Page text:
Two and three years into the famine, it was becoming plain to all of Europe that Ireland was in serious trouble. The English landlords began looking for some way to help.They were afraid that just giving the Irish food would make them lazy, but that having them break rock and build pointless walls and roads would teach them the value of working for their bread. It seemed to have escaped the Landlords' notice that many of the people were in such bad shape that said work was killing them. You still see these around the landscape, always, it seems to me, in the middle of nowhere. When I did the math, I realized that my great-grandparents would have been growing up right in the middle of all this. Small wonder their children left for America at the first opportunity.
History lecture/consciousness raising over. On to brighter, happier things...
We stopped for lunch at the little town of Cong, a town dedicated to the proposition that just because it's been more than 60 years since John Wayne shot a movie there, there is no reason you can't still make some money off of it. It really is a pretty little town.
|One of the rivers that flank the town of Cong|
We got our chance to take our longed-for walk when we finally reached Kylemore Abbey. It had started out as a great house, built by a wealthy English businessman in the 1860's. Things went well for a while, until first his wife, then one of his children, died. He left the place. It went through several owners until World War I when Benedictine nuns from Belgium took it over and moved the girls' boarding school they'd been running from war-torn Belgium to Ireland. A combination of lack of nuns and lack of rich people interested in housing their daughters in the middle of nowhere - if your daughter was one to get into trouble, she'd have had her work cut out for her trying to find any out here! - caused the school to close in 2010, though some of the nuns still live on the property.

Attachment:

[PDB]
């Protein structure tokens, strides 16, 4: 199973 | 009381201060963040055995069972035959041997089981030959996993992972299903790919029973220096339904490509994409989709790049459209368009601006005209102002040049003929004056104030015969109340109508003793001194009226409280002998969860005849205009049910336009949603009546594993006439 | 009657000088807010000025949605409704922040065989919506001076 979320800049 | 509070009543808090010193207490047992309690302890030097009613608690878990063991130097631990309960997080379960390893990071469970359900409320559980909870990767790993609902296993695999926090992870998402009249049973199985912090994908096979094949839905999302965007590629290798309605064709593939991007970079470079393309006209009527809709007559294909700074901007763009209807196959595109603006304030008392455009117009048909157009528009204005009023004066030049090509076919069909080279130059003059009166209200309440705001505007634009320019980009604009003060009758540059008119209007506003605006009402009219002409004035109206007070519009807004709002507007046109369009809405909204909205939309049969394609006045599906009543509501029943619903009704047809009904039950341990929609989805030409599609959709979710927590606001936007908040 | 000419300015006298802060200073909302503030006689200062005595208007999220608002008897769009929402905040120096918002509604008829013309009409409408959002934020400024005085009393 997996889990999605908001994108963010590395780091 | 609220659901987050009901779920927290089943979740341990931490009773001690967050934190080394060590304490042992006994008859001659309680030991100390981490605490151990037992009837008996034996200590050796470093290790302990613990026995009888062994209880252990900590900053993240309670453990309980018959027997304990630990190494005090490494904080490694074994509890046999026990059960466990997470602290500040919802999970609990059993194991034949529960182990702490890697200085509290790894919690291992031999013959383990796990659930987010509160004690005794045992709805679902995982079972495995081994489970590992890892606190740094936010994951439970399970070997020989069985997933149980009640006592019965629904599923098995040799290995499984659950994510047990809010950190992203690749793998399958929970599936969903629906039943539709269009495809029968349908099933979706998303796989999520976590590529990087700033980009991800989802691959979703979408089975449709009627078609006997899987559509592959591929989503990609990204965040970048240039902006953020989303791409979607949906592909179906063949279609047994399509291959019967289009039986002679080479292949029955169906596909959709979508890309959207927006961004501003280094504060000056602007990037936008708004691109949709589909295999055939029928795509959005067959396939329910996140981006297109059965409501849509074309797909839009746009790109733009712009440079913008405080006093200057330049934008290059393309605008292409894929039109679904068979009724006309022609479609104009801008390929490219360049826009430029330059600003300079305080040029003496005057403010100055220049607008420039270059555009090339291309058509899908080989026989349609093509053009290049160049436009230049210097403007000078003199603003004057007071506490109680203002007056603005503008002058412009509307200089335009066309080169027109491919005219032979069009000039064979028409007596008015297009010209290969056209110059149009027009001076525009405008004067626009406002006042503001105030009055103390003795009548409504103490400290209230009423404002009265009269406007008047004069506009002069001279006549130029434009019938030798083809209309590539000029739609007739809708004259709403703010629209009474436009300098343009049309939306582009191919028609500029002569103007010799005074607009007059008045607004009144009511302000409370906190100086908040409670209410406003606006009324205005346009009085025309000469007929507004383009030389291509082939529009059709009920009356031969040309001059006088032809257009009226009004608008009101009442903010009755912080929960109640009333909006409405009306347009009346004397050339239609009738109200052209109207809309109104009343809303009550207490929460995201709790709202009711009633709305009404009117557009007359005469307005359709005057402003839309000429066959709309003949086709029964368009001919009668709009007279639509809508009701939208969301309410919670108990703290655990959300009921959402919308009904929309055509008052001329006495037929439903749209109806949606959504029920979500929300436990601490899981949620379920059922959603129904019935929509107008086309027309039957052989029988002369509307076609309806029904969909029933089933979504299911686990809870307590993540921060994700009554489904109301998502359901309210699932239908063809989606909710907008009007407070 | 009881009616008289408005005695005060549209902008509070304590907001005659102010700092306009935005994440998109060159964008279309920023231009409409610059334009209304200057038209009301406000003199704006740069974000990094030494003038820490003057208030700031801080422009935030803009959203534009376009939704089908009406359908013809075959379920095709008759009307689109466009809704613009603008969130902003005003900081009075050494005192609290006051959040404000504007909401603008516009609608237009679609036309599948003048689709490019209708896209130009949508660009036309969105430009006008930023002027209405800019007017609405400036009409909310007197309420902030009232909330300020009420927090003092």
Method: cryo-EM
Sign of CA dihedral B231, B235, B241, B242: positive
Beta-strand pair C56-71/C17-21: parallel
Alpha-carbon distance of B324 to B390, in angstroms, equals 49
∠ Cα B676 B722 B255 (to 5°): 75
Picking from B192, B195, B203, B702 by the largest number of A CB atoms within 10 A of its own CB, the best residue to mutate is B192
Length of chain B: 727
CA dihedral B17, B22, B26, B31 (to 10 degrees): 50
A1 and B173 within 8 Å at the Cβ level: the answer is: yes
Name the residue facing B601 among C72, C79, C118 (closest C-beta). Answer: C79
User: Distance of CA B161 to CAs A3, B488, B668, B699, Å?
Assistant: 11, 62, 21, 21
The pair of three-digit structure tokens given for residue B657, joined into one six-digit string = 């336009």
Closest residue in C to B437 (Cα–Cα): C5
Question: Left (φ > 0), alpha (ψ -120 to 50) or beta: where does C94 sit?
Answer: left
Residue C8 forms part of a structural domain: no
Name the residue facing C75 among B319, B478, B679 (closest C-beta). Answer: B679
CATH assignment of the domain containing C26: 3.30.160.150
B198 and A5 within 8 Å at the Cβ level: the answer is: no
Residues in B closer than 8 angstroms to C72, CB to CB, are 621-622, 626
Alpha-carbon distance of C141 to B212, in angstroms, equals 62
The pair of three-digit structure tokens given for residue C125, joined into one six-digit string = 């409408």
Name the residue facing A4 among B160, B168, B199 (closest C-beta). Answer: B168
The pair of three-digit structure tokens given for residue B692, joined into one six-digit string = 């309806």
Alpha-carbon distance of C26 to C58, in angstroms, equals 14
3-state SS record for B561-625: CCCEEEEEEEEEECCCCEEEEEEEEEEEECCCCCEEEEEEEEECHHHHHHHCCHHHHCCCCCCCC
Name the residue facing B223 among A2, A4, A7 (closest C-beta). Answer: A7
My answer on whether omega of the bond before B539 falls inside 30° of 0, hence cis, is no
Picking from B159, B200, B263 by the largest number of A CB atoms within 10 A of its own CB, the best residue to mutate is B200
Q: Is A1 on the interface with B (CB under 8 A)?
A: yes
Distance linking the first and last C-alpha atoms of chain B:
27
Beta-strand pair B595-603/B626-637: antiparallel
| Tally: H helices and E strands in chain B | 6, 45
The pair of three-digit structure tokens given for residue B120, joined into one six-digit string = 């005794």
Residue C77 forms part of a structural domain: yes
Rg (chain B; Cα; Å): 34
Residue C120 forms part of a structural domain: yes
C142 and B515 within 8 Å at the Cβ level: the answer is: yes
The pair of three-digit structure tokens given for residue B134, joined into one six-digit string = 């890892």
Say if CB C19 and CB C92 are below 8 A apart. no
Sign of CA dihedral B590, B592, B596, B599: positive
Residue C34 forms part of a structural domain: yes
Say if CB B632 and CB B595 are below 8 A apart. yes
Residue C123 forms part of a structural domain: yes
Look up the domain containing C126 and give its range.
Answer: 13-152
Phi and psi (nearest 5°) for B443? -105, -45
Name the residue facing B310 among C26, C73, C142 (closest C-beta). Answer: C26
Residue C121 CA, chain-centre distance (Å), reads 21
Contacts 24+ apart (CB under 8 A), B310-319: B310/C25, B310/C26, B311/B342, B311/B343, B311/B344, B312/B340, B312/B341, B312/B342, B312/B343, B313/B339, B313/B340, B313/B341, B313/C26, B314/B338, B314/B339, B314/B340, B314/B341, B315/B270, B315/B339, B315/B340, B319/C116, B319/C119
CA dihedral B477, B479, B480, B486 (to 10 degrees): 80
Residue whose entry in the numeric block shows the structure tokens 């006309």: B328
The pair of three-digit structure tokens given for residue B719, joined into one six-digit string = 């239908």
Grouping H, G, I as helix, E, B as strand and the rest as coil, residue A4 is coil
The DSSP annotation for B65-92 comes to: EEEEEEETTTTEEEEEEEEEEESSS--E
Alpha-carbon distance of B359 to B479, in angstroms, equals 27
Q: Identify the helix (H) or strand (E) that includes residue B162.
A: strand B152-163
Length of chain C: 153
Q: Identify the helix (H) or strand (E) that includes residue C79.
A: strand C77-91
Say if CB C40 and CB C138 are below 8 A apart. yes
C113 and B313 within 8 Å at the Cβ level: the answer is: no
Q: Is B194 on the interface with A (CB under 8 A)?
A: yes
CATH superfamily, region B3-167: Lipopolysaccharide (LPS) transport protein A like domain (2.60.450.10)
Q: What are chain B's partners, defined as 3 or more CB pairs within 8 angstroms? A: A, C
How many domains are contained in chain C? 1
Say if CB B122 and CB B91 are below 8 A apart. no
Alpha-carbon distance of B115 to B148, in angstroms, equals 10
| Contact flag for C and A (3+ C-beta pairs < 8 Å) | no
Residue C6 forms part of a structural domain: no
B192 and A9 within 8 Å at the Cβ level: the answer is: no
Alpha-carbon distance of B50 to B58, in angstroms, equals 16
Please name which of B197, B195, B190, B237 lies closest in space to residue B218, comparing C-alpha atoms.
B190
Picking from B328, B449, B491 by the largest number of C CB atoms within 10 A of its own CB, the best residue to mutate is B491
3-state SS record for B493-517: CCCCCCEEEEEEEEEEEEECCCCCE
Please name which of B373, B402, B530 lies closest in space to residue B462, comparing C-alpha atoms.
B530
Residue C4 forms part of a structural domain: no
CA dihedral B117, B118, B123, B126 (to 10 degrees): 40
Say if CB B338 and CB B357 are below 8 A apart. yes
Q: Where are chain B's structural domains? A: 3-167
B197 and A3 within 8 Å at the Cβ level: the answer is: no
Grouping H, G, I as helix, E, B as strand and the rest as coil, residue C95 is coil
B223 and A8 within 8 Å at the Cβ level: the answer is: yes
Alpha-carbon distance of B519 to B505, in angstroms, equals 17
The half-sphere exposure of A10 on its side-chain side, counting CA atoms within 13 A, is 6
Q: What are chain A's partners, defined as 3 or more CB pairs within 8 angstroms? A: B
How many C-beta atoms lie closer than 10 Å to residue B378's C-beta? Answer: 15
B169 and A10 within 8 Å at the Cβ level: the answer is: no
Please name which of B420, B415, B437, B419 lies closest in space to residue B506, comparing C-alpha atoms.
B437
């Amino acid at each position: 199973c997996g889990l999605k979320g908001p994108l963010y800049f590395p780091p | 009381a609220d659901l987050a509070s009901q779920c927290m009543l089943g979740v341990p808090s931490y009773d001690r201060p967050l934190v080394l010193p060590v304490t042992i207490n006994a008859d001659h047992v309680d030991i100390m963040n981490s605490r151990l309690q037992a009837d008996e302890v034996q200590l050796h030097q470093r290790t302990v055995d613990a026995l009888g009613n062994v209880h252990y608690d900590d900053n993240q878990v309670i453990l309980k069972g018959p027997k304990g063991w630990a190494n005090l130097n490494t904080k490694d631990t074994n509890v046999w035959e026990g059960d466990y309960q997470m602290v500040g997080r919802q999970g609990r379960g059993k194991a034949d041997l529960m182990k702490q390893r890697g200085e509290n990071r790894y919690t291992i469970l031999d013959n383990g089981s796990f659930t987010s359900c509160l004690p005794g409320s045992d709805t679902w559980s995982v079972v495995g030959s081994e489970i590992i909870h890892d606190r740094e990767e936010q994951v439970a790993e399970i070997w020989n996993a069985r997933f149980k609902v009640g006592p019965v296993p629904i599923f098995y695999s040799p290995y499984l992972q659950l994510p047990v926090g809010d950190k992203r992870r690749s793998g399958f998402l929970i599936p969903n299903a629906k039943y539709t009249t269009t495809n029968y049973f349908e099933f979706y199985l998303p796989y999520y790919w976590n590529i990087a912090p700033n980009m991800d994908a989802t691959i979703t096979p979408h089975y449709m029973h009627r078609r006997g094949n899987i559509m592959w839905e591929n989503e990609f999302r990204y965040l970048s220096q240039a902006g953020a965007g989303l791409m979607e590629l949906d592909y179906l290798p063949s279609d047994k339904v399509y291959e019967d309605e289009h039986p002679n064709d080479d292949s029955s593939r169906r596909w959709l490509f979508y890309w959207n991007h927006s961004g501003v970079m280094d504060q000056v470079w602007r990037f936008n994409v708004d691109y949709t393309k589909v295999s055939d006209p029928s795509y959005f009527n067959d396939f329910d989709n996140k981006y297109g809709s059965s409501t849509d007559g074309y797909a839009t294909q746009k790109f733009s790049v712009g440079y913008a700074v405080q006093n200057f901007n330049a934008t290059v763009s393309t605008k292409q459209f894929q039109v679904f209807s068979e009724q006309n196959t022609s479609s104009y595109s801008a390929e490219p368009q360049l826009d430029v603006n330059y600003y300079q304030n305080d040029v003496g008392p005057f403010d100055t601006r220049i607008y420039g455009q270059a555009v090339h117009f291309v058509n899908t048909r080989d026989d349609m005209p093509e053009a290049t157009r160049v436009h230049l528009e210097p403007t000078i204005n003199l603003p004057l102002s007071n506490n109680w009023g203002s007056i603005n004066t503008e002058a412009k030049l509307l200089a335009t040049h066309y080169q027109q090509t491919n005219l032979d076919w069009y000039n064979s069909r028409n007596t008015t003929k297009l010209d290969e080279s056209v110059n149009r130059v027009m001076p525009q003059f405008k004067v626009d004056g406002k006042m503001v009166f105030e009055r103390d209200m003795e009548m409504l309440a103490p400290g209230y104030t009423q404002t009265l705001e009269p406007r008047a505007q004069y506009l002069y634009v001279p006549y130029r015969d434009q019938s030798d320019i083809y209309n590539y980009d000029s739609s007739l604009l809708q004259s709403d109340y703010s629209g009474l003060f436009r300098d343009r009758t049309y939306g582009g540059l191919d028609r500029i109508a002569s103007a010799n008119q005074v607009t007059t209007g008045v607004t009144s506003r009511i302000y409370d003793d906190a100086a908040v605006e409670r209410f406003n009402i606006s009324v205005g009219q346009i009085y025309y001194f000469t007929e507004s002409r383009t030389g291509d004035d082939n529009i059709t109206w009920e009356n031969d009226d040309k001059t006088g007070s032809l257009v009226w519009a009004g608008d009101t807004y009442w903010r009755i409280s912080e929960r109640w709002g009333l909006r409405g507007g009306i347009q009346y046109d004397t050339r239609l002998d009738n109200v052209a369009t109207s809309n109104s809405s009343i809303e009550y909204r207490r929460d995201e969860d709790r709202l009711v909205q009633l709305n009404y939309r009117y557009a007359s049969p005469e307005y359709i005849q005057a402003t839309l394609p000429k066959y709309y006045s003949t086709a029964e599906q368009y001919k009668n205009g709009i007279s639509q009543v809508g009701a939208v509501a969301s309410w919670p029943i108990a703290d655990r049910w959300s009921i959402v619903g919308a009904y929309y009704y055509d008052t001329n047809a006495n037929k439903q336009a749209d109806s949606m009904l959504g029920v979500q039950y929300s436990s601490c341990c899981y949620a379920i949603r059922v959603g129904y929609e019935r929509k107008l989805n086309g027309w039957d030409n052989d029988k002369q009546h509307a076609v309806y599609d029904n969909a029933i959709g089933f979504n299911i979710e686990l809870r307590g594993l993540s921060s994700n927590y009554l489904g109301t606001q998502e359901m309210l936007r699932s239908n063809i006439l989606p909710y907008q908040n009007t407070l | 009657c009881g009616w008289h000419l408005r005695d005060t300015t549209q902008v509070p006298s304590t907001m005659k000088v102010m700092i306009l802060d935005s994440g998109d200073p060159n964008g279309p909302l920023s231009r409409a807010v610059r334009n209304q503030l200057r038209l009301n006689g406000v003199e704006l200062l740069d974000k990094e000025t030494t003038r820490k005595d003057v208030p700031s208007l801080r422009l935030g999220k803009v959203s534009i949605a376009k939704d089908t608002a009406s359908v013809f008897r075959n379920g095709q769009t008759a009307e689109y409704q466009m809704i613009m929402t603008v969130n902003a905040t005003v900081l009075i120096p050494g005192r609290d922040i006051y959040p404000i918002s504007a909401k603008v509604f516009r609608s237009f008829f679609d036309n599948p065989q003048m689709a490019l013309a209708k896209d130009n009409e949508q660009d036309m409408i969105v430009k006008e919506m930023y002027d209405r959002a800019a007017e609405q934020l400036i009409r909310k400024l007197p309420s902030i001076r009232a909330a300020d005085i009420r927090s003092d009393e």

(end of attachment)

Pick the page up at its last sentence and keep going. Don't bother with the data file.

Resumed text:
Tom and I were not interested in seeing how either rich Englishmen or Benedictine nuns lived. Instead we headed for the woods - a proper walk at last!
The trees looked like something out of Tolkien's Middle Earth - wrapped in layers of moss and ferns, huge and very wise-looking. The ponds and lakes were as still as any we saw that day, perfectly reflecting the surrounding hills.
|Tree framing one of the Twelve Bens|
And I got to see my first European Robin! Turns out it is one of those gorgeous little birds the pictures just don't do justice to. The breast is not orange or yellow, it looks more like there is a living ember flitting around in the trees overhead. They are just little guys, but they pack a big punch.
We could have taken the bus all the way back to Ross House, but got off in Galway instead - we wanted to stop by an internet cafe so Tom could see how the Brewers were doing in the playoffs. That done, we just roved the town, looking for a place to eat but in a very desultory way. We poked our heads into a pub and there it was - American NFL on a big-screen television. Tom was at the bar before I really registered what was going on. I think it was the Lions playing somebody - what I mostly remember was a young man nearby who had apparently spent time in America and come to love NFL football. He was trying to turn his pals on to it, but they were not buying. I noshed some fabulous fish and chips and enjoyed his futile efforts. My appetite for dinner and Tom's for some American sports taken care of, we made our way across the Wolfe Tone Bridge and back to Ross House. Long as the walk was, I decided I could get used to this long stroll after dinner routine, at least when it was as through as interesting a place as Galway is.
We weren't really in a good signage area, so I had to settle for this rather unique county line sign in Cong--
I suppose they just want you to be sure where you stand.
Even if it is over water.